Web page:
Advocates call for permanent reforms to guarantee hybrid open meetings

The Massachusetts Legislature today moved to extend remote access for public meetings until March 31, 2025. The proposed extension, part of the state’s supplemental budget bill, now requires Governor Healey’s approval.

 The ACLU of Massachusetts and Common Cause Massachusetts released the following joint statement in response:

“Since early 2020, public bodies have been able to carry out their responsibilities in person, remotely, or in a hybrid manner. This has been transformative for members of the public who previously faced barriers attending exclusively in-person meetings—particularly people with disabilities, caregiving responsibilities, and limited transportation. Ensuring that the law does not abruptly revert to in-person-only meetings is an important first step, but we need permanent reforms to modernize participation in public meetings once and for all. This session, the legislature has the opportunity to pass a new law guaranteeing hybrid public participation in open meetings—now and for the future.”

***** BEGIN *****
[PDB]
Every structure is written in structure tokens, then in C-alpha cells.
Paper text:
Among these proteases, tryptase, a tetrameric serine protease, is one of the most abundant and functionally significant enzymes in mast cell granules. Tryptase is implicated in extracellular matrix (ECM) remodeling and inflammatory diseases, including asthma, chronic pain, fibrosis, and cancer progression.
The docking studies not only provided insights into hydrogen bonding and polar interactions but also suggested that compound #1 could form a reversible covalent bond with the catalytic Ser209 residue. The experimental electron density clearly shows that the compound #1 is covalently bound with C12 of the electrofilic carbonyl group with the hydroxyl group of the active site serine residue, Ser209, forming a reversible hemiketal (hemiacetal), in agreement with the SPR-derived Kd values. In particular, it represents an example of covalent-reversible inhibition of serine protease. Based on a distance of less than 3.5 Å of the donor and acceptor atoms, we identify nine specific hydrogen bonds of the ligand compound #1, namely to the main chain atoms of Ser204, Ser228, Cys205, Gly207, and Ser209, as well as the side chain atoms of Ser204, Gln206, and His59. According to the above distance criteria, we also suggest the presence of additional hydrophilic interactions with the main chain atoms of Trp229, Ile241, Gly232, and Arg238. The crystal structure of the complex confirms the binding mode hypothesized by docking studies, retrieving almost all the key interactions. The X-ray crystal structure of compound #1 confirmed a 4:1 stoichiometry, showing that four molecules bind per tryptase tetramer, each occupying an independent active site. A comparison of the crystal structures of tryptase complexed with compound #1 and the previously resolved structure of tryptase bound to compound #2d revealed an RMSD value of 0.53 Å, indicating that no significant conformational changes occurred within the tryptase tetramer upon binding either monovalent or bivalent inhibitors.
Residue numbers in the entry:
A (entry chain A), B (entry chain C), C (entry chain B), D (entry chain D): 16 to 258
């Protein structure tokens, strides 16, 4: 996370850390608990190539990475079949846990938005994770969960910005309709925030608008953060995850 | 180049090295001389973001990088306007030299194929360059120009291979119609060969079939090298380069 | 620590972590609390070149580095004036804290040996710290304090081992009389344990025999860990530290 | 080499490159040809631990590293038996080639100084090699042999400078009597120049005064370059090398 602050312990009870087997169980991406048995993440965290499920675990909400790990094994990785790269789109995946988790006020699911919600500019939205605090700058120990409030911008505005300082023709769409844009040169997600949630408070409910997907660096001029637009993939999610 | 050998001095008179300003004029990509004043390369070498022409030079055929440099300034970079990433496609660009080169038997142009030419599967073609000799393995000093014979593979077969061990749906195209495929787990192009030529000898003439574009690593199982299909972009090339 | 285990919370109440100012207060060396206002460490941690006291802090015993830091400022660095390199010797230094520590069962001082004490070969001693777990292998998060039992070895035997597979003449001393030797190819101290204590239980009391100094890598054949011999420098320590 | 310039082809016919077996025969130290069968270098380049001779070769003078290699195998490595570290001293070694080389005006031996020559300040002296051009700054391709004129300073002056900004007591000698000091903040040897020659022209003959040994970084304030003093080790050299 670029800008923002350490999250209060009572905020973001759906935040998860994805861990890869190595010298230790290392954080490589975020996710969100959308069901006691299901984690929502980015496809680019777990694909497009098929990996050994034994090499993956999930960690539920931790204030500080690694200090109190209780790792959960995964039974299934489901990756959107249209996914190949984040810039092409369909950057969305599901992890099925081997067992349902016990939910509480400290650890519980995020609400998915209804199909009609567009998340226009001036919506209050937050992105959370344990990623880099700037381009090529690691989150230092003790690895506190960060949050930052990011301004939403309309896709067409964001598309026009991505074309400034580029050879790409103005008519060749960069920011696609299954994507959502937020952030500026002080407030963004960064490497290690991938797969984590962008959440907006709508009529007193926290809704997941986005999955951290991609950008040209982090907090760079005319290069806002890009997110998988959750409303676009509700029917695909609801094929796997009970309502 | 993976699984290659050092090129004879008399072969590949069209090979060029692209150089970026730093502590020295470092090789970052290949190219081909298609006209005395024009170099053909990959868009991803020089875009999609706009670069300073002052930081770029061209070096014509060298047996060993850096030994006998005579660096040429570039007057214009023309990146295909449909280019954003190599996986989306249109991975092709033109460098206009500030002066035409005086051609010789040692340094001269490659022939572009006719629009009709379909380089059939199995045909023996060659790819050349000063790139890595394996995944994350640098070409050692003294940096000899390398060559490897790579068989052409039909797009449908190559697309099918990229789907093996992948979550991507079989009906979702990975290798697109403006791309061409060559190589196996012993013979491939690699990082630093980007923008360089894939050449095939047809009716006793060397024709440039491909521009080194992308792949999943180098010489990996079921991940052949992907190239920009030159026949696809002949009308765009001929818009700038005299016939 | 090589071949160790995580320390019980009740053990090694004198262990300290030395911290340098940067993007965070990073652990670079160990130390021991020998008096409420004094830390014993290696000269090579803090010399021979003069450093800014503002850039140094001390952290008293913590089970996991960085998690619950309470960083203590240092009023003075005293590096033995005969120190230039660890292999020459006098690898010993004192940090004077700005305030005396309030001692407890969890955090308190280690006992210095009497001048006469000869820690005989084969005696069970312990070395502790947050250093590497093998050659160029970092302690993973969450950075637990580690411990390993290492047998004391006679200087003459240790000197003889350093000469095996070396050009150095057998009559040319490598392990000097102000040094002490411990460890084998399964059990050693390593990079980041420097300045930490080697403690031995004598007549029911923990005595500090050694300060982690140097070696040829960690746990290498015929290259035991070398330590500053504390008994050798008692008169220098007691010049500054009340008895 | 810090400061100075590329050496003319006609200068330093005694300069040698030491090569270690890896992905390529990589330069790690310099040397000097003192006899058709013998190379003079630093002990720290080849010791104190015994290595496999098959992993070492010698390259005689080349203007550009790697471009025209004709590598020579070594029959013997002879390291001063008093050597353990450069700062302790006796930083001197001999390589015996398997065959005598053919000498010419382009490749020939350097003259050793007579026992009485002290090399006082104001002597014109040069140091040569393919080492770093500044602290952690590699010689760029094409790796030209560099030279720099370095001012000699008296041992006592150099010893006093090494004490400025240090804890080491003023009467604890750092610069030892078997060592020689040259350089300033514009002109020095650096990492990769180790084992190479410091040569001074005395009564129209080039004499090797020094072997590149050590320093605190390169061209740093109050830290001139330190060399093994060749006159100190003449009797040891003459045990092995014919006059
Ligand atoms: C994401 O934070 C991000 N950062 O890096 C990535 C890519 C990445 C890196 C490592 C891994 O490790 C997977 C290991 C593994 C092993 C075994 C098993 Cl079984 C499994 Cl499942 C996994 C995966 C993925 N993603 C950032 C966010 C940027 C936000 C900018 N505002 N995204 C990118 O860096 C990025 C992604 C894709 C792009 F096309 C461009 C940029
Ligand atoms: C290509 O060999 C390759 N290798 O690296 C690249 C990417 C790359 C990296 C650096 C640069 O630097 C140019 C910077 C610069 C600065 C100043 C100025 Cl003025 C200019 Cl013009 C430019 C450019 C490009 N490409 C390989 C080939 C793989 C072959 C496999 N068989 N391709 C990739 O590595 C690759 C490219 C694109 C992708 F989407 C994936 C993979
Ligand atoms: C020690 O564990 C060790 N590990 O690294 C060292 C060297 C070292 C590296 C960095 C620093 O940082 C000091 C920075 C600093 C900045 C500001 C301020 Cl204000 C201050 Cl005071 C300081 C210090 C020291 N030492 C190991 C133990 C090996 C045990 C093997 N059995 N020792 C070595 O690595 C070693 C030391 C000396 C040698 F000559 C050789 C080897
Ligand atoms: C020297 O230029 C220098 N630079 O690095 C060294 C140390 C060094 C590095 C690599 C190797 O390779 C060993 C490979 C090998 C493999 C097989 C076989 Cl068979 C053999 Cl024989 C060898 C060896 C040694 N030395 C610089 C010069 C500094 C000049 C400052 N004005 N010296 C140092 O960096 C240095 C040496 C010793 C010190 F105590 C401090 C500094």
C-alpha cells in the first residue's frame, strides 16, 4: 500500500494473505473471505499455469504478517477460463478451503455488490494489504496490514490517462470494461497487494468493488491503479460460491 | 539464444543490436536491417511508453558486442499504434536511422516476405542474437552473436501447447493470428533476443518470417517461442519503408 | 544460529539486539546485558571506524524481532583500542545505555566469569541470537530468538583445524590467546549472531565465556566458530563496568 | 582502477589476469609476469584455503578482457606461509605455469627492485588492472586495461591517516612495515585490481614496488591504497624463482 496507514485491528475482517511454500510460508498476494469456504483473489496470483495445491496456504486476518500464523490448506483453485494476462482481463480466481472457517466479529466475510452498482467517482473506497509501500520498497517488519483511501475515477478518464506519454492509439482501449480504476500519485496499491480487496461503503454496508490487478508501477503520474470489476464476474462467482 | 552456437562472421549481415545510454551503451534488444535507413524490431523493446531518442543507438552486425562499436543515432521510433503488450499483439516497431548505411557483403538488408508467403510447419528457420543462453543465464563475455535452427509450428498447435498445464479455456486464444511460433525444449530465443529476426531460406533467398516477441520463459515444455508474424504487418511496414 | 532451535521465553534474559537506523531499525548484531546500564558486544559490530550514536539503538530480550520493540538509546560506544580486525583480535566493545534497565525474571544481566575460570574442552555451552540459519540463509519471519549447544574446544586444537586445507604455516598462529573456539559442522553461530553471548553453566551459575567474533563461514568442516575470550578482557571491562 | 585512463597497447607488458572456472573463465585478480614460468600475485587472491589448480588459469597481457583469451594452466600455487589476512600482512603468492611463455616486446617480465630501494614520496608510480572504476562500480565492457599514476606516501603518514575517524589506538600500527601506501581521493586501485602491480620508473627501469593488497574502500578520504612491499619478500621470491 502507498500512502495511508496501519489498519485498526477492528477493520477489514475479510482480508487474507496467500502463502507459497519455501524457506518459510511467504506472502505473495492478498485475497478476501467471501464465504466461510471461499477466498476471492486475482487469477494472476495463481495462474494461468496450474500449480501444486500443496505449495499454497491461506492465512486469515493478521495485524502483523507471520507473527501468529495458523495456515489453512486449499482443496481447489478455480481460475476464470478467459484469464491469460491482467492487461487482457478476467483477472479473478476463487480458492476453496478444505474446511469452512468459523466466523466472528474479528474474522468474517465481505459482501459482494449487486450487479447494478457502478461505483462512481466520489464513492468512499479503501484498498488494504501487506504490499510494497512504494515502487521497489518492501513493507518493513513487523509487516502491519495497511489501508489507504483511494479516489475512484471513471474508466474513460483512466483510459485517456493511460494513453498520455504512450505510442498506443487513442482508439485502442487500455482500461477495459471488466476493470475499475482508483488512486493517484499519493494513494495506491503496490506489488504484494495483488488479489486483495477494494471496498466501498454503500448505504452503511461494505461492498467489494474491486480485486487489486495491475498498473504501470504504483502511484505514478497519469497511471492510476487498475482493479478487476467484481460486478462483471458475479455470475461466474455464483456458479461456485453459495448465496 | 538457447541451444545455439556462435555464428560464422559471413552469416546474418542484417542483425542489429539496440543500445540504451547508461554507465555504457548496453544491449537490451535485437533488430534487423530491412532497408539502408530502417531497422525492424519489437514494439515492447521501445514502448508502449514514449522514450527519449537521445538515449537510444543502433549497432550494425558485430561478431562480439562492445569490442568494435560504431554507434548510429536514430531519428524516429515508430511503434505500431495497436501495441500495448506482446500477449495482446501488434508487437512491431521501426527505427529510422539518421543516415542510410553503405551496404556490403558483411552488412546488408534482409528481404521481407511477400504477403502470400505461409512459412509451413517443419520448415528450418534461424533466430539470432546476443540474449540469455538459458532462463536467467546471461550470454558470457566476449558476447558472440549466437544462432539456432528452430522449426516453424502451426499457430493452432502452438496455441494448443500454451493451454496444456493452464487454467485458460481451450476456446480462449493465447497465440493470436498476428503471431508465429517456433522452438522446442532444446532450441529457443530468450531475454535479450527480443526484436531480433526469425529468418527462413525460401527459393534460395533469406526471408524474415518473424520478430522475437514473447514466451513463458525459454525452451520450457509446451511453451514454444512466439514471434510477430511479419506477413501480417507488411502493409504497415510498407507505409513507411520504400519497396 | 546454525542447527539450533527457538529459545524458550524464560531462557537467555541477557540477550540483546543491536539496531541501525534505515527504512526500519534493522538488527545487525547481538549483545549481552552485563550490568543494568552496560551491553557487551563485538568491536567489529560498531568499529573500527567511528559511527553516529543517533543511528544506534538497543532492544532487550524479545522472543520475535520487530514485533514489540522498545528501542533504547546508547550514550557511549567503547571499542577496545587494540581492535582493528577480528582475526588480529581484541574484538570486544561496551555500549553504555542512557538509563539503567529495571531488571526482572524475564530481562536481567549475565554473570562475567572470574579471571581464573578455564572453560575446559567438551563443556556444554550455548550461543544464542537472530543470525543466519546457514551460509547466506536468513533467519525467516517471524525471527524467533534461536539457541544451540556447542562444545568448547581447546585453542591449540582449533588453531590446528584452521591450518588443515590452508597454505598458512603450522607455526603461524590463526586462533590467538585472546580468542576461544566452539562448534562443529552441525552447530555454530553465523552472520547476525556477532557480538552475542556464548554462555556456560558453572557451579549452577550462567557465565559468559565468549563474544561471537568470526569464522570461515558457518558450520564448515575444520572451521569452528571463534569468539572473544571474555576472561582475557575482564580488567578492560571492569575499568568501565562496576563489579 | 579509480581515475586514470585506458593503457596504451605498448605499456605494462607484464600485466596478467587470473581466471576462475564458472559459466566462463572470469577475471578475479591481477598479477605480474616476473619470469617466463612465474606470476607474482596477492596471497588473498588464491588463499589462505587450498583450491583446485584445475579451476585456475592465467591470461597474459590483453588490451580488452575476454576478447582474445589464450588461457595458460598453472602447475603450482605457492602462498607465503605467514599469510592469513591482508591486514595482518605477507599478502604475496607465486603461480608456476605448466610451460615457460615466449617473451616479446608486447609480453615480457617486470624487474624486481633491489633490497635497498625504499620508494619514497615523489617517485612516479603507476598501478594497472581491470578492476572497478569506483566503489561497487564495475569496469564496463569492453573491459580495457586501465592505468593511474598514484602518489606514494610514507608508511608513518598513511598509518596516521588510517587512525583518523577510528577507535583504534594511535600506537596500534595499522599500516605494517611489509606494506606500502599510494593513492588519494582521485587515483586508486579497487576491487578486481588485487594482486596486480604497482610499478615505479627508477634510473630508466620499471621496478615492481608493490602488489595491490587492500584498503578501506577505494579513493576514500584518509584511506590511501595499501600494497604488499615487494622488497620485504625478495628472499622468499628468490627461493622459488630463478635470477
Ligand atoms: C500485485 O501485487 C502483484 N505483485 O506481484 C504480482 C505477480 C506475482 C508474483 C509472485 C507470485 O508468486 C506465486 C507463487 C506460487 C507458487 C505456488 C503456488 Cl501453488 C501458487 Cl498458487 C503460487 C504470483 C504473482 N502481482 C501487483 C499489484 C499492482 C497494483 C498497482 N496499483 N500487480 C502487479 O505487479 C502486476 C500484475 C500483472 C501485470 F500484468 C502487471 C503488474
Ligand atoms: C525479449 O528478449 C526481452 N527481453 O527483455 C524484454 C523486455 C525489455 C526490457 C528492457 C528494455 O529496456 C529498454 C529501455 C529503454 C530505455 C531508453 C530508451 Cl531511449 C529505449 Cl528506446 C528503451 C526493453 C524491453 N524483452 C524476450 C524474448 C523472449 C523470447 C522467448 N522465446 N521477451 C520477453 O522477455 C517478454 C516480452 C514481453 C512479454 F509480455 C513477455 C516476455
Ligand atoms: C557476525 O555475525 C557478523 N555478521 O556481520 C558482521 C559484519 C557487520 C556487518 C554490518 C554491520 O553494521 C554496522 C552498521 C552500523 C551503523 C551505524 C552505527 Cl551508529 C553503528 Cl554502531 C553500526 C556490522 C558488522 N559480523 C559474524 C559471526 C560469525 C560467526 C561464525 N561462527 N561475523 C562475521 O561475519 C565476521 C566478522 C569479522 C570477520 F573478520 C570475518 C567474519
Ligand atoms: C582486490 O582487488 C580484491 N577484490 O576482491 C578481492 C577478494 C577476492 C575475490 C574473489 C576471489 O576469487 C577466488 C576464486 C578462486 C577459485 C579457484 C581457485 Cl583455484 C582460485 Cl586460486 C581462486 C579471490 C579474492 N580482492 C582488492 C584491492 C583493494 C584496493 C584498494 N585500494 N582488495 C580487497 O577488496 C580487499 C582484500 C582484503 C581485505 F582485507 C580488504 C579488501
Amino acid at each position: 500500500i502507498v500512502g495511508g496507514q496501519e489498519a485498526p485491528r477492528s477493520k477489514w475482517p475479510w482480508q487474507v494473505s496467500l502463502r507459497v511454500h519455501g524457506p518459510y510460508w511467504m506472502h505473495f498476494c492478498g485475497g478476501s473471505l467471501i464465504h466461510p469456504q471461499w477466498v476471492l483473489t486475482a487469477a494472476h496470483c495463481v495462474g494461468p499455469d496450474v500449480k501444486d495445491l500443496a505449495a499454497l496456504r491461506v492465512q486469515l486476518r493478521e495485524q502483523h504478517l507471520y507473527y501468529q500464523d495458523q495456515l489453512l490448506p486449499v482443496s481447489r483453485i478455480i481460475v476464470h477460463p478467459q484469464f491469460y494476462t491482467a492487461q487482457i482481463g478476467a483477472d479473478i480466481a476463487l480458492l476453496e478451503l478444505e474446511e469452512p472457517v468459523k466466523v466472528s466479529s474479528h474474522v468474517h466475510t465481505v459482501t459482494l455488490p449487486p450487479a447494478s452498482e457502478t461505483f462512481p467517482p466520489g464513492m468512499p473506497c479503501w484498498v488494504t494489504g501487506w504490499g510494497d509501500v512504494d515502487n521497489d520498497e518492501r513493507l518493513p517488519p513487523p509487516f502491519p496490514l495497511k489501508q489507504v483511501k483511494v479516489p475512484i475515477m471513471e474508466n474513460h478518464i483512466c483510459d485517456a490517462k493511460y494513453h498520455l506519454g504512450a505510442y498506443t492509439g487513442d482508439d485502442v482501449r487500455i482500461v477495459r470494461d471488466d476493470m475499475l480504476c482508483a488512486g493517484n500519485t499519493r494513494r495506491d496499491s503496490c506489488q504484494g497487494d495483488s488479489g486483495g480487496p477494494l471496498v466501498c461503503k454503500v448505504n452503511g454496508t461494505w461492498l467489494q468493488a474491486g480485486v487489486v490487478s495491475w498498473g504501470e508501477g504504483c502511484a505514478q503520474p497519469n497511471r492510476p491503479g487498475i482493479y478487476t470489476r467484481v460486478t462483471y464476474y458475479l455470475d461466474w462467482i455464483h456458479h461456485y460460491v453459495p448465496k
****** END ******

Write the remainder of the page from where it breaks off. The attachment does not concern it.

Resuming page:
The ACLU and Common Cause Massachusetts back a legislative proposal (H.3040/S.2024) that will ensure greater access to open meetings for everyone—particularly for people with disabilities, caregiving responsibilities, and limited transportation—by allowing officials and members of the public to attend meetings in person or remotely. The bill is also endorsed by Boston Center for Independent Living, Disability Law Center, League of Women Voters of Massachusetts, Massachusetts Newspaper Publishers Association, MASSPIRG, New England First Amendment Coalition, and New England Newspaper & Press Association.